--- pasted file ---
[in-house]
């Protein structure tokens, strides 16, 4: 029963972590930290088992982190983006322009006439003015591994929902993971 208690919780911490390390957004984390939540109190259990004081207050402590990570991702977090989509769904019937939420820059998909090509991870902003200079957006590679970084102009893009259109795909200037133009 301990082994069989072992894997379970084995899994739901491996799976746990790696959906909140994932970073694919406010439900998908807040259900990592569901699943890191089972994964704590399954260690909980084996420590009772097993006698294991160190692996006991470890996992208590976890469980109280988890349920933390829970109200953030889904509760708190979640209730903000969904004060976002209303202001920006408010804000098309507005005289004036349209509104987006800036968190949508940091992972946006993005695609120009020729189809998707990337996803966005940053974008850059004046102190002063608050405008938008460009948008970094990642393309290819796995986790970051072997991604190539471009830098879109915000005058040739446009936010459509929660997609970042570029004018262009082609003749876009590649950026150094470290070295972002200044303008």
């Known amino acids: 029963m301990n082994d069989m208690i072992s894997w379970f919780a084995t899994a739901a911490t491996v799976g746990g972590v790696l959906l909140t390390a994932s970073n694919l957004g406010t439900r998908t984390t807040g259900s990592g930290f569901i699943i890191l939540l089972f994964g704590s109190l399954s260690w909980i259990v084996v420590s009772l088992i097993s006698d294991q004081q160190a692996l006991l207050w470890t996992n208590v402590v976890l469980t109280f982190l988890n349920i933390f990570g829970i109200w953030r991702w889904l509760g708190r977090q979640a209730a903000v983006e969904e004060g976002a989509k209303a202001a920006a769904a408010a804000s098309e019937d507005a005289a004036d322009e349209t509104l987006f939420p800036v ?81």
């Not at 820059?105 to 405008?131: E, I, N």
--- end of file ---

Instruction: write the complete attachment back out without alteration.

[in-house]
């Protein structure tokens, strides 16, 4: 029963972590930290088992982190983006322009006439003015591994929902993971 208690919780911490390390957004984390939540109190259990004081207050402590990570991702977090989509769904019937939420820059998909090509991870902003200079957006590679970084102009893009259109795909200037133009 301990082994069989072992894997379970084995899994739901491996799976746990790696959906909140994932970073694919406010439900998908807040259900990592569901699943890191089972994964704590399954260690909980084996420590009772097993006698294991160190692996006991470890996992208590976890469980109280988890349920933390829970109200953030889904509760708190979640209730903000969904004060976002209303202001920006408010804000098309507005005289004036349209509104987006800036968190949508940091992972946006993005695609120009020729189809998707990337996803966005940053974008850059004046102190002063608050405008938008460009948008970094990642393309290819796995986790970051072997991604190539471009830098879109915000005058040739446009936010459509929660997609970042570029004018262009082609003749876009590649950026150094470290070295972002200044303008």
């Known amino acids: 029963m301990n082994d069989m208690i072992s894997w379970f919780a084995t899994a739901a911490t491996v799976g746990g972590v790696l959906l909140t390390a994932s970073n694919l957004g406010t439900r998908t984390t807040g259900s990592g930290f569901i699943i890191l939540l089972f994964g704590s109190l399954s260690w909980i259990v084996v420590s009772l088992i097993s006698d294991q004081q160190a692996l006991l207050w470890t996992n208590v402590v976890l469980t109280f982190l988890n349920i933390f990570g829970i109200w953030r991702w889904l509760g708190r977090q979640a209730a903000v983006e969904e004060g976002a989509k209303a202001a920006a769904a408010a804000s098309e019937d507005a005289a004036d322009e349209t509104l987006f939420p800036v ?81």
């Not at 820059?105 to 405008?131: E, I, N």